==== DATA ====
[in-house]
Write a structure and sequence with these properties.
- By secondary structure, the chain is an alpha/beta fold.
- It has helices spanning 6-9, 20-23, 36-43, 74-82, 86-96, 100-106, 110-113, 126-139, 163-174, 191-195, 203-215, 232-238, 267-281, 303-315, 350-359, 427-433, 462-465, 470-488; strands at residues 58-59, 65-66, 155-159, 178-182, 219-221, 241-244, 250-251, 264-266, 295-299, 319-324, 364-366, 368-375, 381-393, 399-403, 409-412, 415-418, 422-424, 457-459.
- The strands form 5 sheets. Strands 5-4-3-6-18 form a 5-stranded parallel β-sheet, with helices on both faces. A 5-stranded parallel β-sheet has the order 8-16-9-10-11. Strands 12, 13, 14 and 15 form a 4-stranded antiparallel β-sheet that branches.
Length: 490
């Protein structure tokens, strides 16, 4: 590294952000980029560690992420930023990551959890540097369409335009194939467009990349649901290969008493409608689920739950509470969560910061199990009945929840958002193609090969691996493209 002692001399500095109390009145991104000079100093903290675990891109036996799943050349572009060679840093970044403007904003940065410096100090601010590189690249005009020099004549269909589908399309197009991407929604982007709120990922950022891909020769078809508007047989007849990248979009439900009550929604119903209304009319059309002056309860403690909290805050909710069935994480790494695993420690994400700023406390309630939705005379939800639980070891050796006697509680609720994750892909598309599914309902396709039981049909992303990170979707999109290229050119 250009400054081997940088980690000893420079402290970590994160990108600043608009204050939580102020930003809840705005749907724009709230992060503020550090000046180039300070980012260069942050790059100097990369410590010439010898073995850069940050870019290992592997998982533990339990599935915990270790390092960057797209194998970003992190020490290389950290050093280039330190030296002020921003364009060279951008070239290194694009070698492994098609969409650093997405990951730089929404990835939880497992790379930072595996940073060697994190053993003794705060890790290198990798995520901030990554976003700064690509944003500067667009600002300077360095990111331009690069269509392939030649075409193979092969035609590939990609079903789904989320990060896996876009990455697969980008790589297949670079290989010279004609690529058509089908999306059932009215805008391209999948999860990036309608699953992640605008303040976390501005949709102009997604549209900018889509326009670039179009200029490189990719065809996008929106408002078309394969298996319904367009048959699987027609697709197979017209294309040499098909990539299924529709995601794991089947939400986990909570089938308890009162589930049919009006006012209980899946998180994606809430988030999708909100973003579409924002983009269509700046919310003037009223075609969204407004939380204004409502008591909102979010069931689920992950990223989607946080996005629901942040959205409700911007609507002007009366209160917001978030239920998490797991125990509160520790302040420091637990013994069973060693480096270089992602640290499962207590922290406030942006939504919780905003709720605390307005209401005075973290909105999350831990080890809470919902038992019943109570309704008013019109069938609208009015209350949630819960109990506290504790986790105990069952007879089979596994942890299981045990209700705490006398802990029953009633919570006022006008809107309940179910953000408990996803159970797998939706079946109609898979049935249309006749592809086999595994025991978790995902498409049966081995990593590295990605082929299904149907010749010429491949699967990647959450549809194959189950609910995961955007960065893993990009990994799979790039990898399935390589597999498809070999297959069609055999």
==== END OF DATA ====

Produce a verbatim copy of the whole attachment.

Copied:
[in-house]
Write a structure and sequence with these properties.
- By secondary structure, the chain is an alpha/beta fold.
- It has helices spanning 6-9, 20-23, 36-43, 74-82, 86-96, 100-106, 110-113, 126-139, 163-174, 191-195, 203-215, 232-238, 267-281, 303-315, 350-359, 427-433, 462-465, 470-488; strands at residues 58-59, 65-66, 155-159, 178-182, 219-221, 241-244, 250-251, 264-266, 295-299, 319-324, 364-366, 368-375, 381-393, 399-403, 409-412, 415-418, 422-424, 457-459.
- The strands form 5 sheets. Strands 5-4-3-6-18 form a 5-stranded parallel β-sheet, with helices on both faces. A 5-stranded parallel β-sheet has the order 8-16-9-10-11. Strands 12, 13, 14 and 15 form a 4-stranded antiparallel β-sheet that branches.
Length: 490
């Protein structure tokens, strides 16, 4: 590294952000980029560690992420930023990551959890540097369409335009194939467009990349649901290969008493409608689920739950509470969560910061199990009945929840958002193609090969691996493209 002692001399500095109390009145991104000079100093903290675990891109036996799943050349572009060679840093970044403007904003940065410096100090601010590189690249005009020099004549269909589908399309197009991407929604982007709120990922950022891909020769078809508007047989007849990248979009439900009550929604119903209304009319059309002056309860403690909290805050909710069935994480790494695993420690994400700023406390309630939705005379939800639980070891050796006697509680609720994750892909598309599914309902396709039981049909992303990170979707999109290229050119 250009400054081997940088980690000893420079402290970590994160990108600043608009204050939580102020930003809840705005749907724009709230992060503020550090000046180039300070980012260069942050790059100097990369410590010439010898073995850069940050870019290992592997998982533990339990599935915990270790390092960057797209194998970003992190020490290389950290050093280039330190030296002020921003364009060279951008070239290194694009070698492994098609969409650093997405990951730089929404990835939880497992790379930072595996940073060697994190053993003794705060890790290198990798995520901030990554976003700064690509944003500067667009600002300077360095990111331009690069269509392939030649075409193979092969035609590939990609079903789904989320990060896996876009990455697969980008790589297949670079290989010279004609690529058509089908999306059932009215805008391209999948999860990036309608699953992640605008303040976390501005949709102009997604549209900018889509326009670039179009200029490189990719065809996008929106408002078309394969298996319904367009048959699987027609697709197979017209294309040499098909990539299924529709995601794991089947939400986990909570089938308890009162589930049919009006006012209980899946998180994606809430988030999708909100973003579409924002983009269509700046919310003037009223075609969204407004939380204004409502008591909102979010069931689920992950990223989607946080996005629901942040959205409700911007609507002007009366209160917001978030239920998490797991125990509160520790302040420091637990013994069973060693480096270089992602640290499962207590922290406030942006939504919780905003709720605390307005209401005075973290909105999350831990080890809470919902038992019943109570309704008013019109069938609208009015209350949630819960109990506290504790986790105990069952007879089979596994942890299981045990209700705490006398802990029953009633919570006022006008809107309940179910953000408990996803159970797998939706079946109609898979049935249309006749592809086999595994025991978790995902498409049966081995990593590295990605082929299904149907010749010429491949699967990647959450549809194959189950609910995961955007960065893993990009990994799979790039990898399935390589597999498809070999297959069609055999």